It was a fairly relaxing afternoon. I visited the church and went up into the bell tower (but no bathroom?!?), wandered around and forced myself to get lost while shooting some street art (though I was so tired and the sky was so gray I had little desire to do so), and bought a warm, green, second-hand wool hat since my own pitiful hat was worthless in this Icelandic wind. This new hat lifted my spirits a lot – it’s funny how just being a little warmer can change my entire outlook on the day. I found a cute little corner cafe called “C is for Cookie” and quickly learned it was one of Frommer’s top rated places in all of Iceland. My latte and brownie were absolutely divine though I couldn’t finish either thanks to my stressed out stomach.

The smells in Reyvjavik are beautiful and distinct and strong. It’s like the air here carries more scent than back home. Briny sea breeze, eggy-sulfer from the hot tap water that is funneled straight from geothermic locations, mouth-watering dinners being cooked in the many unique food joints, and an odd burned toast smell I keep noticing when I’m not even near a bakery. I’ll have to ask my hosts what that is. I started to wonder if I was having a mini stroke… 😉

While walking down Hverfisgata the day took a turn for the eventful. I heard a man running and looked to my right just in time to see him come running/stumbling out of an alley, miss the curb, and land on his face with a sickening thud in the middle of the street. He didn’t get up. A few cars swerved around him and kept going. I and several other pedestrians jogged over to him and he was still not moving. A man shouted in Icelandic to the nearest driver and made the universal finger-phone sign for “call for help!”. The nearest driver who would have hit the man if he hadn’t noticed him, jumped out and started the call. I couldn’t understand what they were saying but I think they were discussing if they should move him out of the street. Blood was beginning to pool around the unconscious man’s open mouth. Cars in both directions were honking and trying to speed around the caller’s stopped car and narrowly missing our little group surrounding the man. We all held our hands up to signal there was something going on in the road. One car even drove completely up onto the curb to get around the scene.

A new man got out of his Audi, a very slick looking businessman, and started talking to and shaking the unconscious man as he started to stir. The phone man and Audi man then helped pick up and move him to the sidewalk so cars could pass.  Finally the injured man tried standing up and the gentlemen helped him. He was either extremely drunk or still reeling from the fall. His face was dripping blood and I couldn’t tell exactly where it was coming from but it looked like his lips were split from chin to nose on his left side. His left cheek was massively swollen and yellow and purple. I looked back at the puddle of blood that was now being picked up by passing tires. When I looked back, the man was staggering and trying to walk away though the others were saying he should stay. I decided I wasn’t being of any help and so I decided to it was time to go. I looked back as I turned the corner and watched the man stagger into the street again, cars honking, and off into another alley. I heard the ambulance and as they rounded the corner I flagged them down and told them which direction he was moving in and off they went.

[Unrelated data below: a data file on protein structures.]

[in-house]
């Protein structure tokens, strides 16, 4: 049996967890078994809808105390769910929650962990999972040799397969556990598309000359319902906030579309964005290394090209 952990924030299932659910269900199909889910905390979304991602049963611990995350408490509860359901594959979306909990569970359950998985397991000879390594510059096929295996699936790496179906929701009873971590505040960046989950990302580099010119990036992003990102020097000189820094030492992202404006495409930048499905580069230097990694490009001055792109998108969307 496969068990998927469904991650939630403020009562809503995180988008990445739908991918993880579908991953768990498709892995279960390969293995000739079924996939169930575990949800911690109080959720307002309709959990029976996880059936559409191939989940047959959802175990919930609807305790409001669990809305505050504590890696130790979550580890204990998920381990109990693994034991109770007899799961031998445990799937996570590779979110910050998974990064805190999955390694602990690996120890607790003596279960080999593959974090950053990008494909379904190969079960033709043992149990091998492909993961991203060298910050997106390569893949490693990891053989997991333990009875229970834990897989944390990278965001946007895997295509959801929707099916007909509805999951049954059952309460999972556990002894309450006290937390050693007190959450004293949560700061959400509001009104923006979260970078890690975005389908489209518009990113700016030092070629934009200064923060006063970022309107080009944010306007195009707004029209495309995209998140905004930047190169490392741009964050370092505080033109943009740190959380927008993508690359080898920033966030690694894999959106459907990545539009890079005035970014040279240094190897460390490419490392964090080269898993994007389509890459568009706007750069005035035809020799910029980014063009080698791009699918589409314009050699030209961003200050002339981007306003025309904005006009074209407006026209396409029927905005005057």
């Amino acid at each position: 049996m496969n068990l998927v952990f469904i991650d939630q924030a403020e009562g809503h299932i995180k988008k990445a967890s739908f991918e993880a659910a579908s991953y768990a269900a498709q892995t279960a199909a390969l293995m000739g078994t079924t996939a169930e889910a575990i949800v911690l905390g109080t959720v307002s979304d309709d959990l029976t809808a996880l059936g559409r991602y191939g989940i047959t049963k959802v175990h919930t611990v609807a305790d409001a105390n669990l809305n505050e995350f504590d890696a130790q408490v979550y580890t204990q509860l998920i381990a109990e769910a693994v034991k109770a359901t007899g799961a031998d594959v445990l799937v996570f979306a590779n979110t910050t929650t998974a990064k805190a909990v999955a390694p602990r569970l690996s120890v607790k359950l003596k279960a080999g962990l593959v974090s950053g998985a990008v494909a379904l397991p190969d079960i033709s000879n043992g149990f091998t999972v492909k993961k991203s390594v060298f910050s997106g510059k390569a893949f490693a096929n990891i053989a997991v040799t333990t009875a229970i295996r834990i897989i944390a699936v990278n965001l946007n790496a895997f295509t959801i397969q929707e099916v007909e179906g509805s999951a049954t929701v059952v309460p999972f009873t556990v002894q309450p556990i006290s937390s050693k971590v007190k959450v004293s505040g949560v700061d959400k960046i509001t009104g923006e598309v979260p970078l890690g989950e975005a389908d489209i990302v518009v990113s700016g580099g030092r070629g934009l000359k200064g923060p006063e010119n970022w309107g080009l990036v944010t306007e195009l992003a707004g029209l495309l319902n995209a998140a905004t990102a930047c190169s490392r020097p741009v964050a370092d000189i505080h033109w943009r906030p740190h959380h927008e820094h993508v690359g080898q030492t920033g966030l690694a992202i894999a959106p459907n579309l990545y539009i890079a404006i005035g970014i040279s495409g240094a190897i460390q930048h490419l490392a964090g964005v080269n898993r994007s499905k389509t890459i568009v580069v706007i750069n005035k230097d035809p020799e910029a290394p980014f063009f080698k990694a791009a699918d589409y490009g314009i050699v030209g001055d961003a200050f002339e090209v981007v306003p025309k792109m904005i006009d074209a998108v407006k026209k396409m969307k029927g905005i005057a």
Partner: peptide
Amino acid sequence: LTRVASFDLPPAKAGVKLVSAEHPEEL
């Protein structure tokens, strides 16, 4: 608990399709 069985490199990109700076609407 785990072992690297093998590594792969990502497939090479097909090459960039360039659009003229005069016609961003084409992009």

I was a little disappointed in myself that my first reaction to the scene was to take photographs of instead of helping the man, though I resisted. I was the third person to reach him, and thus couldn’t help any further, but I still felt ashamed that I wanted to document it. I suppose that means I’d be a good war photographer? Ick, I prefer not to analyze that any further…

That event shook me up a bit so I decided to walk back to my car and see if I couldn’t sleep. It was 6:00pm. I was too cold and shaken up to sleep so I looked over my maps, tried to catch up on FaceBook (thank the heavens for TMobile’s free international 3G data) until 7:45 when Sigrun emailed and said she was home. I packed a night’s clothing into my day-bag and went to meet her. She is tall, blonde, lovely, and extremely kind. She is a teacher’s aide at a local elementary school and loves painting and music. I was so happy to finally meet her and have a warm place to stay that I hugged her immediately. I showered then we chatted while she made a tasty mushroom, onion and pepper pasta dish and then we went for a walk and she showed me more around town.

The sunset in Iceland right now comes around 9:30pm and is incredible. The vibrant colors that last barely 5 minutes in Colorado last almost an hour. The sun came out for the first time since I’d arrived and painted the clouds in a soft salmon color. There is that famous Iceland lighting!! We walked through the bustling streets until almost 11pm. My feet were so sore from walking as briskly as we did but the warmth from it felt very nice.

When we came back to the flat I got to meet Sigrun’s boyfriend, Andy. He’s wonderful and kind too. He’s from the UK, is a kindergarten teacher and studying to get Icelandic residency.

I finally dropped into my sleeping bag around midnight, texted Jason a goodnight or two and let the hum of the refrigerator lull me to sleep, a mere 36 hours since I last slept.